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Sports Talk with Tyson: The importance of wrestling programs for local high schools

“Wrestling is, in my opinion, the best sport for youth to get involved in.”

Welcome back to Sports Talk with Tyson. In this week’s edition, I’ll be discussing the importance of wrestling programs for local high schools.

Currently, Port Hardy Secondary School and North Island Secondary School don’t have a wrestling program for the students to participate in, which I think is a real shame.

Wrestling is, in my opinion, the best sport for youth to get involved in. Why is that, you might be wondering?

Here’s a couple reasons why.

1. Personal responsibility:

Wrestling requires the utmost responsibility for your own performance. Win or lose, everything is all on your shoulders. This makes you realize how serious you need to take your training to be successful. Your teammates can’t step in if things aren’t going your way. You have to be ready to go every single match, and if you’re not, you’re going to have a bad day on the mats. I find this comparable to life after graduating high school. Once you’re out in the real world, it’s up to you to succeed, and no one is going to hold your hand and help you out if you’re not putting in the work required.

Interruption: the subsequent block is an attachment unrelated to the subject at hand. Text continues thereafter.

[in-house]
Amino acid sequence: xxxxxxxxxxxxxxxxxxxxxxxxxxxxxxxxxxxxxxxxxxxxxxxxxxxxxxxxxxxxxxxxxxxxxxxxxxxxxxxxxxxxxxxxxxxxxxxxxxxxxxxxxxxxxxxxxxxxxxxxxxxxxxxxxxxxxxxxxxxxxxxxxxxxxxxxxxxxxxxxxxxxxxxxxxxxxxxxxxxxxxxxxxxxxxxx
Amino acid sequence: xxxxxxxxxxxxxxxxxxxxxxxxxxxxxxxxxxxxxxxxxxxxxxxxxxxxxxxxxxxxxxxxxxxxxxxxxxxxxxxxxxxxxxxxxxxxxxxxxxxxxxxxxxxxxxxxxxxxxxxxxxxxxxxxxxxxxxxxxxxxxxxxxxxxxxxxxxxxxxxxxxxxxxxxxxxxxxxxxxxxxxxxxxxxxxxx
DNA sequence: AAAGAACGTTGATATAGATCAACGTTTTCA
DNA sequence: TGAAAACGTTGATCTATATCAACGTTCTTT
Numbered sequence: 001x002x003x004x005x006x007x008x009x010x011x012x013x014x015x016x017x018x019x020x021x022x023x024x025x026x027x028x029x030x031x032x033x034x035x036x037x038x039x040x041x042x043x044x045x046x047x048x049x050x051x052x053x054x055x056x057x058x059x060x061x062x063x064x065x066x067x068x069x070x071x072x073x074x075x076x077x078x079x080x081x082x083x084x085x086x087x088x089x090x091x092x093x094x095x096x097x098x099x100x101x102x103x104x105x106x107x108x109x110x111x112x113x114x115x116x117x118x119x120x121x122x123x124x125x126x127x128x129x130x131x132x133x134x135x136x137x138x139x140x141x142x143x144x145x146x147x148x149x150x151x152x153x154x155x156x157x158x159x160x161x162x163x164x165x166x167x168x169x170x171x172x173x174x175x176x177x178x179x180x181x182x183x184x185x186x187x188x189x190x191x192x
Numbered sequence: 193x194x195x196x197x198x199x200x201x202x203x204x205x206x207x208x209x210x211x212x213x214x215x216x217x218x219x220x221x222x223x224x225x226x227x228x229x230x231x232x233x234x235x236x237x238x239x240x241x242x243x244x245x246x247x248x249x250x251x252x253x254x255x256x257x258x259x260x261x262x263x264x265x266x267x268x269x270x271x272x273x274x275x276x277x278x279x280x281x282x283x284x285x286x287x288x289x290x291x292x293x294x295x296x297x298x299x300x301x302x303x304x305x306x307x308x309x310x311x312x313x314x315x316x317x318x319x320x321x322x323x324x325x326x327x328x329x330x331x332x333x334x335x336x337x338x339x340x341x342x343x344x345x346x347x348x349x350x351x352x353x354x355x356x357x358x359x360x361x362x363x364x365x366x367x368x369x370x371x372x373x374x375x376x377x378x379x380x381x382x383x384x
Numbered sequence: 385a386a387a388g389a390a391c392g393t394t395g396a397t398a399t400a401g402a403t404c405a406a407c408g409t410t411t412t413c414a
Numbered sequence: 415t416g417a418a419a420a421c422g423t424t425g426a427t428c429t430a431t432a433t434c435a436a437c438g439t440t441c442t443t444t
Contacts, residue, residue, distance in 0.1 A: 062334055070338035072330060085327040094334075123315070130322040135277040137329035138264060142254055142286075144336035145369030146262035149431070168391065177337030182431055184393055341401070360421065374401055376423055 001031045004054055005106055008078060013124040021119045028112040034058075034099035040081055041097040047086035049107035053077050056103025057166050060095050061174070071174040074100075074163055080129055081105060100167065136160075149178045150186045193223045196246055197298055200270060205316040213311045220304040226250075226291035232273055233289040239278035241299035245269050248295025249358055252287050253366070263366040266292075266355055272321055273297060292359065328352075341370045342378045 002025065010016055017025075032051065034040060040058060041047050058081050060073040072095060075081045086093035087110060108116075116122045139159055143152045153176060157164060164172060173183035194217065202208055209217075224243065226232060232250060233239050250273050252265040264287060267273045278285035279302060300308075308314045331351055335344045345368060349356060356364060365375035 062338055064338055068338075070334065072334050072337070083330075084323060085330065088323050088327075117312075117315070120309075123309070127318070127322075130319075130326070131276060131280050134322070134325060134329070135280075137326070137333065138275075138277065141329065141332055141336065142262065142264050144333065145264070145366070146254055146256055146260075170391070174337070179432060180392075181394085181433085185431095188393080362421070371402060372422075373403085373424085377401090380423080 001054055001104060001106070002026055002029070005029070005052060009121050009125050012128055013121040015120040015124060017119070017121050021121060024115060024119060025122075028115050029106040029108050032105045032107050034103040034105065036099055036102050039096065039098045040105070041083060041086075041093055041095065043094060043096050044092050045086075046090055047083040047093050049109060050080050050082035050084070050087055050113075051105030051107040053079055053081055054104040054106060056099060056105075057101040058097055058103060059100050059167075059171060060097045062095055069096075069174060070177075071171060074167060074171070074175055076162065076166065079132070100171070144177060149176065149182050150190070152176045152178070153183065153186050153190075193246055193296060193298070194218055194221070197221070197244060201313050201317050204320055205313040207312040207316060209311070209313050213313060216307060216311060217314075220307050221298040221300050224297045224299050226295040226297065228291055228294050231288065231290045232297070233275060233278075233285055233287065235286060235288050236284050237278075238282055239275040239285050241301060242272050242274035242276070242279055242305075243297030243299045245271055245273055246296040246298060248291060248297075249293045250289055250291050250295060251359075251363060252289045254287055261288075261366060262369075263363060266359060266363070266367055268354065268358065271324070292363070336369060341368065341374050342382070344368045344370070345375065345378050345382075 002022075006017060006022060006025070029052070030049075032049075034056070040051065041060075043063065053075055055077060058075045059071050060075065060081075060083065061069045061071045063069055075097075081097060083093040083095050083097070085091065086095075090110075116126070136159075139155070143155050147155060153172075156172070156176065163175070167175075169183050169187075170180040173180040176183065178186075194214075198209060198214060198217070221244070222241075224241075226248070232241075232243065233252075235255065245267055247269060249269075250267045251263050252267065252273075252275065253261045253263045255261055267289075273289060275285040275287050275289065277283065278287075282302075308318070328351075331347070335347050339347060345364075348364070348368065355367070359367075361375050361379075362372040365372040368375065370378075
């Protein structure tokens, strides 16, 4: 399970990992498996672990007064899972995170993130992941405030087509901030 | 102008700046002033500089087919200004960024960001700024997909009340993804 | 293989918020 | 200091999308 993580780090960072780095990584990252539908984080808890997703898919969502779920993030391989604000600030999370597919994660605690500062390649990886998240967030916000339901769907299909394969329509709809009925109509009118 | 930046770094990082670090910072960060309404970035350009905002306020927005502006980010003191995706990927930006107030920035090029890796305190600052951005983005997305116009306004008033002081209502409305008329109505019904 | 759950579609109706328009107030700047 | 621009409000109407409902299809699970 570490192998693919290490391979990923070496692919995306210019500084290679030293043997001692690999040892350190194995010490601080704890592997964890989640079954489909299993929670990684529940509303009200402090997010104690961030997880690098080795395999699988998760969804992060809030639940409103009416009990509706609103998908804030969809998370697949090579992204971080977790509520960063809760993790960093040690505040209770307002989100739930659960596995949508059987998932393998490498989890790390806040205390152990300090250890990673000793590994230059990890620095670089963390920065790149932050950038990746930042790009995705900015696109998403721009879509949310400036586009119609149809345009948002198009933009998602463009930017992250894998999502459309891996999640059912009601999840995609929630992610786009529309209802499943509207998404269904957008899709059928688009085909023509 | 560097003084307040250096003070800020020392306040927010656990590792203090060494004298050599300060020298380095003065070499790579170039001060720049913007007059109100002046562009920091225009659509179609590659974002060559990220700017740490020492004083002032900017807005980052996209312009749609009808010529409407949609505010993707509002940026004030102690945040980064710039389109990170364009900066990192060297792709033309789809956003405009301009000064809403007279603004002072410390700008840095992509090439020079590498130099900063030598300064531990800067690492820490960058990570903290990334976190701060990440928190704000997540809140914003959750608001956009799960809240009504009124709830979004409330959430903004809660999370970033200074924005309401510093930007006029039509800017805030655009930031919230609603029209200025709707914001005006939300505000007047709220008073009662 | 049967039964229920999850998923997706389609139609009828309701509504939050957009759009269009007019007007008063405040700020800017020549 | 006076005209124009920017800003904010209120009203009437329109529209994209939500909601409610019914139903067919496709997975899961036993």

2. Mental toughness:

The training that is required for wrestling is intense, and with good reason. Matches are six minutes long where you are literally fighting against a resisting opponent, which will leave you feeling exhausted. I’ve competed in team sports and wrestling my whole life, and I’ve never been so tired as I was from one on one competition against an opponent who is fighting back for positional dominance. Your lungs hurt, your legs turn to rubber, and your forearms swell up with blood. You basically have to be ready to push your body past what it wants to do.

3. Wrestling is fun:

Yes, despite all of the challenges that are involved with the sport, there is plenty of fun to be had from training and competing. The best feeling in the world is getting your hand raised after all the sacrifice. Working hard to face challenges and overcoming them is what winning is all about, and once you have achieved your goals, you feel like you can accomplish anything when you put your mind to it.

I wouldn’t be who I am today if I hadn’t of wrestled, and I like to think my work ethic and drive to succeed in my journalism career comes from that experience.

I’d also be interested in coaching wrestling at Port Hardy Secondary School if there was any interest from the school/students.

Tyson Whitney is an award-winning journalist who was born and raised in Port Hardy. His family has lived in Port Hardy for more than 40 years. He graduated with a degree in writing from Vancouver Island University in 2008.


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